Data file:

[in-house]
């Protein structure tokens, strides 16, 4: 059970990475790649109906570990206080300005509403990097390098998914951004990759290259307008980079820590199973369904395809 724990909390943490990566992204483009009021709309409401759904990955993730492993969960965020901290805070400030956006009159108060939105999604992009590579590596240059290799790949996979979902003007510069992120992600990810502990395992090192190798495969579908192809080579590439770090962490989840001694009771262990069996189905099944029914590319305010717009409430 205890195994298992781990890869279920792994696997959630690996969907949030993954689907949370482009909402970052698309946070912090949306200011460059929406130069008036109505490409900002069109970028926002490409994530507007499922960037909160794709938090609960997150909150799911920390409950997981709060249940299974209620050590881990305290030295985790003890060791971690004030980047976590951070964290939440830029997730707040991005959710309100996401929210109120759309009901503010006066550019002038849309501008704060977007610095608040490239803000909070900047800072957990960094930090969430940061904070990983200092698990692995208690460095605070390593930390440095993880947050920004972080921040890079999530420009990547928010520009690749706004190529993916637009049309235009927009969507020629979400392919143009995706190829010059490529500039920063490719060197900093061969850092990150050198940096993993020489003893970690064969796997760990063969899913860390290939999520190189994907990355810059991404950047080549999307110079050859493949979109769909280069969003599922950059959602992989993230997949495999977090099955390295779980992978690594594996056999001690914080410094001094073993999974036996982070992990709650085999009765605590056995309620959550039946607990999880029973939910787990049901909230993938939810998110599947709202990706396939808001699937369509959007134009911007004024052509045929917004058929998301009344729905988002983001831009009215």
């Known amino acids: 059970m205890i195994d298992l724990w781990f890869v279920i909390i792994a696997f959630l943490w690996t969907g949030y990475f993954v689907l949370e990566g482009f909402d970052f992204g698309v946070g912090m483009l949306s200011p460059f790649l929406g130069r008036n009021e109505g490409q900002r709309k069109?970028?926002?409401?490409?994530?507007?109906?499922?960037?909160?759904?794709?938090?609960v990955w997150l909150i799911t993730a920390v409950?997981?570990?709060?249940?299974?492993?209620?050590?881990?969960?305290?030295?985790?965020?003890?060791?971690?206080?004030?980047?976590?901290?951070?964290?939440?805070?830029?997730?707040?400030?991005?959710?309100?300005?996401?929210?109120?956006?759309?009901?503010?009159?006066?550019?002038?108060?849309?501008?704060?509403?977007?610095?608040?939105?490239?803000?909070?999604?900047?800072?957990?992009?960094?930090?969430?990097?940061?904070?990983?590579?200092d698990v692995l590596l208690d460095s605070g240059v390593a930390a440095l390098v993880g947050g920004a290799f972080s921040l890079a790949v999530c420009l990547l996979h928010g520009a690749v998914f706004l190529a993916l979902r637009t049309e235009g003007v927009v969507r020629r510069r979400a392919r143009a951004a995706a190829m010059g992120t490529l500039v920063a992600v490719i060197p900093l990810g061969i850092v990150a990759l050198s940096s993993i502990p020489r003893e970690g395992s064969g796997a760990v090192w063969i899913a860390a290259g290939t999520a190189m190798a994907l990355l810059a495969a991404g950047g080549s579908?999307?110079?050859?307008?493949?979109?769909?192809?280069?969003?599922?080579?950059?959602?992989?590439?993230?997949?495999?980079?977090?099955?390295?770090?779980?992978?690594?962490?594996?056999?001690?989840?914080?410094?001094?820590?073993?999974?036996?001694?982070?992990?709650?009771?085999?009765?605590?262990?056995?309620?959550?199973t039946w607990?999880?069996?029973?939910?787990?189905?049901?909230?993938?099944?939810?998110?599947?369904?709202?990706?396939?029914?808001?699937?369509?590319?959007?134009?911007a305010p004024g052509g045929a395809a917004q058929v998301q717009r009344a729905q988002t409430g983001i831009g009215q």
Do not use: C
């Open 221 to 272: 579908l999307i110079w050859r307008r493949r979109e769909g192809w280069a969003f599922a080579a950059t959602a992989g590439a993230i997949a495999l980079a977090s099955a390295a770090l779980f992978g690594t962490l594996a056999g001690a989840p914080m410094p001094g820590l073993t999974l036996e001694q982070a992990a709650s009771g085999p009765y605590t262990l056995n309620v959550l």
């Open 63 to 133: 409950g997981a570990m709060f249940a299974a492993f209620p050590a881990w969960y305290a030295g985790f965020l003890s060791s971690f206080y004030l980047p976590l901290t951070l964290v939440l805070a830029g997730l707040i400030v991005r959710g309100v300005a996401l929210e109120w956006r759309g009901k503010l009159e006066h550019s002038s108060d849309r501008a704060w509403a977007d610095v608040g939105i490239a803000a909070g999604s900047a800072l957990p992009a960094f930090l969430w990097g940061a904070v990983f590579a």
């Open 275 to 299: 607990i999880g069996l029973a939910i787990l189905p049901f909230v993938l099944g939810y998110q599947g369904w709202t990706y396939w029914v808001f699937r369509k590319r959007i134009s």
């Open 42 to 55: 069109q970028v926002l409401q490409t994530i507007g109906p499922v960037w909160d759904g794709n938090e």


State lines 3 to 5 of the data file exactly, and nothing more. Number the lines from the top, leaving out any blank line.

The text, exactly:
């Known amino acids: 059970m205890i195994d298992l724990w781990f890869v279920i909390i792994a696997f959630l943490w690996t969907g949030y990475f993954v689907l949370e990566g482009f909402d970052f992204g698309v946070g912090m483009l949306s200011p460059f790649l929406g130069r008036n009021e109505g490409q900002r709309k069109?970028?926002?409401?490409?994530?507007?109906?499922?960037?909160?759904?794709?938090?609960v990955w997150l909150i799911t993730a920390v409950?997981?570990?709060?249940?299974?492993?209620?050590?881990?969960?305290?030295?985790?965020?003890?060791?971690?206080?004030?980047?976590?901290?951070?964290?939440?805070?830029?997730?707040?400030?991005?959710?309100?300005?996401?929210?109120?956006?759309?009901?503010?009159?006066?550019?002038?108060?849309?501008?704060?509403?977007?610095?608040?939105?490239?803000?909070?999604?900047?800072?957990?992009?960094?930090?969430?990097?940061?904070?990983?590579?200092d698990v692995l590596l208690d460095s605070g240059v390593a930390a440095l390098v993880g947050g920004a290799f972080s921040l890079a790949v999530c420009l990547l996979h928010g520009a690749v998914f706004l190529a993916l979902r637009t049309e235009g003007v927009v969507r020629r510069r979400a392919r143009a951004a995706a190829m010059g992120t490529l500039v920063a992600v490719i060197p900093l990810g061969i850092v990150a990759l050198s940096s993993i502990p020489r003893e970690g395992s064969g796997a760990v090192w063969i899913a860390a290259g290939t999520a190189m190798a994907l990355l810059a495969a991404g950047g080549s579908?999307?110079?050859?307008?493949?979109?769909?192809?280069?969003?599922?080579?950059?959602?992989?590439?993230?997949?495999?980079?977090?099955?390295?770090?779980?992978?690594?962490?594996?056999?001690?989840?914080?410094?001094?820590?073993?999974?036996?001694?982070?992990?709650?009771?085999?009765?605590?262990?056995?309620?959550?199973t039946w607990?999880?069996?029973?939910?787990?189905?049901?909230?993938?099944?939810?998110?599947?369904?709202?990706?396939?029914?808001?699937?369509?590319?959007?134009?911007a305010p004024g052509g045929a395809a917004q058929v998301q717009r009344a729905q988002t409430g983001i831009g009215q």
Do not use: C
């Open 221 to 272: 579908l999307i110079w050859r307008r493949r979109e769909g192809w280069a969003f599922a080579a950059t959602a992989g590439a993230i997949a495999l980079a977090s099955a390295a770090l779980f992978g690594t962490l594996a056999g001690a989840p914080m410094p001094g820590l073993t999974l036996e001694q982070a992990a709650s009771g085999p009765y605590t262990l056995n309620v959550l």